Insect farming is an increasingly popular phenomenon throughout the globe. The main reasons are both environmental (less burden on the planet) and nutritional (gaining valuable and profitable nutrients via insect protein extraction). If you’ve never heard about farming crickets for profit before, read on to find out just how beneficial crickets could be for you, and to get some information about the best method for insect protein processing! If handling insects has been taboo for you so far, you might just change your mind after reading our article!
Cricket farming has older roots than you’d think
Cricket farming is basically a method where you raise crickets for their meat, just as you would with poultry or cattle. If you have a setting where you can keep them warm enough, then you can even farm them outdoors.
While farming insects for food is regarded as a new and controversial topic, it actually comes from a much older trend where eating crickets and other insects wasn’t considered out of place. People around the world have actually been eating insects for quite some time, and only counts as “news” in regions where consuming bugs is regarded with disgust. Not to mention that these regions are actually the minority! Apart from the United States, Canada, and Europe, insects are eaten in almost every part of the world. Even in Mexico, the neighbor of the States, there are almost 200 different kinds of insects that the locals enjoy in their daily meal.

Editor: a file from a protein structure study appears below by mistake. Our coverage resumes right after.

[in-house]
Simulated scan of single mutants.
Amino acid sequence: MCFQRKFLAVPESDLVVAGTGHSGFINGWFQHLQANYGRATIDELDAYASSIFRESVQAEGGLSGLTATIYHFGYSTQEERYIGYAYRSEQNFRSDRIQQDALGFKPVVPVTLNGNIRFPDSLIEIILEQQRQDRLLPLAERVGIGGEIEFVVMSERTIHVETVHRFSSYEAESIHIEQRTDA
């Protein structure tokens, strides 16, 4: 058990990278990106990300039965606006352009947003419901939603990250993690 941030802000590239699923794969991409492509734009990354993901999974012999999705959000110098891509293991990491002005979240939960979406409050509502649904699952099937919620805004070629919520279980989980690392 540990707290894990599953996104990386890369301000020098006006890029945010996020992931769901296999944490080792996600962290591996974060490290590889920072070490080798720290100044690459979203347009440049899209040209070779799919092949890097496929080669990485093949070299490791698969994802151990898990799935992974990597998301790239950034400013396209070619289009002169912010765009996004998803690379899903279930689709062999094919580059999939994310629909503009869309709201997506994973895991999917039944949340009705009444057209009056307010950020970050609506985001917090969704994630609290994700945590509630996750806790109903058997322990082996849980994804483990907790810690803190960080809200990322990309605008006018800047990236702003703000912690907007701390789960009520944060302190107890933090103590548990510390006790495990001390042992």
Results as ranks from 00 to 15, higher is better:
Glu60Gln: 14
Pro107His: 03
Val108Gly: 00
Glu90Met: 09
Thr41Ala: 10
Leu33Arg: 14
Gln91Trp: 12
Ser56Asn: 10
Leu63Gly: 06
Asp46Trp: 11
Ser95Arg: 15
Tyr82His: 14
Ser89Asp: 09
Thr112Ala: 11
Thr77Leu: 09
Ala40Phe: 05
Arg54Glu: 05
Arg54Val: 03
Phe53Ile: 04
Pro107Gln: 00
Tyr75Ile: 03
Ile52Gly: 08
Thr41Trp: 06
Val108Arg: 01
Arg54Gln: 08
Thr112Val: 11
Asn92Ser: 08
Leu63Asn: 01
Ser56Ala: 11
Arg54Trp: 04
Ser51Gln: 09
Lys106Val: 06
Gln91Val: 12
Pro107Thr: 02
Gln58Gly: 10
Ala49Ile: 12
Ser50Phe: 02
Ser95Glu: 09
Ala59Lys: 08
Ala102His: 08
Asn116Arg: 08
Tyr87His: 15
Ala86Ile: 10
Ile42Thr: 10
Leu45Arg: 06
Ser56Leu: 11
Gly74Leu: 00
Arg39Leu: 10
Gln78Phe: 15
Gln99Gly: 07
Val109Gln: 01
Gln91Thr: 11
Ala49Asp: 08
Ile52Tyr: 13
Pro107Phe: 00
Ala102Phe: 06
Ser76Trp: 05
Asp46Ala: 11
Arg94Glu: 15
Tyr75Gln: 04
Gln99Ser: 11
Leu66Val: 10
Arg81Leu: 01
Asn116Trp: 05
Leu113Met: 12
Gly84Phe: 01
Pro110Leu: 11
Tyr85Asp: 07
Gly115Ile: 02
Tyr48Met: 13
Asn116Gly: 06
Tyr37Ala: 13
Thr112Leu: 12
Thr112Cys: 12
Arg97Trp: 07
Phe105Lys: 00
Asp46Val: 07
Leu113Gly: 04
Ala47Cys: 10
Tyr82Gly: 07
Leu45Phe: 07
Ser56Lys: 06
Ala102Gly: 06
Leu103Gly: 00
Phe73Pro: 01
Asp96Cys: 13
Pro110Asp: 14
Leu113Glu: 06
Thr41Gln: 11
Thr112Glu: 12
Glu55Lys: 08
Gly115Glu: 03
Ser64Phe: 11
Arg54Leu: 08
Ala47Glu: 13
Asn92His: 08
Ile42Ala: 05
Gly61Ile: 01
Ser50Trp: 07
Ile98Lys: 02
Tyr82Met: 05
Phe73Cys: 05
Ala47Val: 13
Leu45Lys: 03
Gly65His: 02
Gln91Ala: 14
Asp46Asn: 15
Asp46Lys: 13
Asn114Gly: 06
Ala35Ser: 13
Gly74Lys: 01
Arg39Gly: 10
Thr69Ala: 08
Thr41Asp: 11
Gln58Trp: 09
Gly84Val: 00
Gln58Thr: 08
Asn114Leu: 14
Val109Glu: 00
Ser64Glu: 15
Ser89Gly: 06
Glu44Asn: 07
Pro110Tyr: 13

All this just means that even without the increasingly popular trend of insect farming in Europe and the U.S, you’re looking at quite a lot of potential customers if you decide to jump into cricket farming and insect protein extraction.
What is the point of farming crickets as a source of protein?
Here are the main benefits of raising crickets:
1. They are an excellent source of nutrients for humans
Whether or not you have personal consumption in your mind, you might be surprised at just how much of a healthier alternative cricket protein is. You don’t have to take our word for it: here are the actual nutritional values of crickets as analyzed by Maxxam Analytics!
Nutritional value of 100g of crickets:
- Energy 1973kJ (472kCal)
- Protein 58,76g
- Fat 24g
- Saturated Fat 8,48g
- Trans Fat 0,218g
- Cholesterol 228mg
- Carbohydrates 8,4g
- Fiber, total dietary 6g
- Sugars 0,5g
- Calcium 0,11g
- Iron 0,002g
- Potassium 1,1g
- Sodium 0,31g
- Omega-three 2,81g
- Omega-six 6,28g
- Saturate Fatty Acids 8,48g
- Cis-Monounsaturated 5,14g
- Cis-Polyunsaturated 9,09g
- B-twelve 24µg
Amount of essential amino acids in 100g of crickets:
- Histidine 1,44g
- Isoleucine 2,59g
- Leucine 4,61g
- Lysine 3,61g
- Methionine 1,09g
- Cysteine 0,51g
- Threonine 2,37g
- Tryptophan 0,56g
- Valine 3,7g
As you can see, crickets are an immensely rich source of protein, as well as fibers, vitamins, minerals, and ALL of the essential amino acids! They also contain more Omega-3 than salmon, more calcium than milk, and more iron than spinach. Crickets are also more easily digested than other traditional sources of protein, like whey or beef.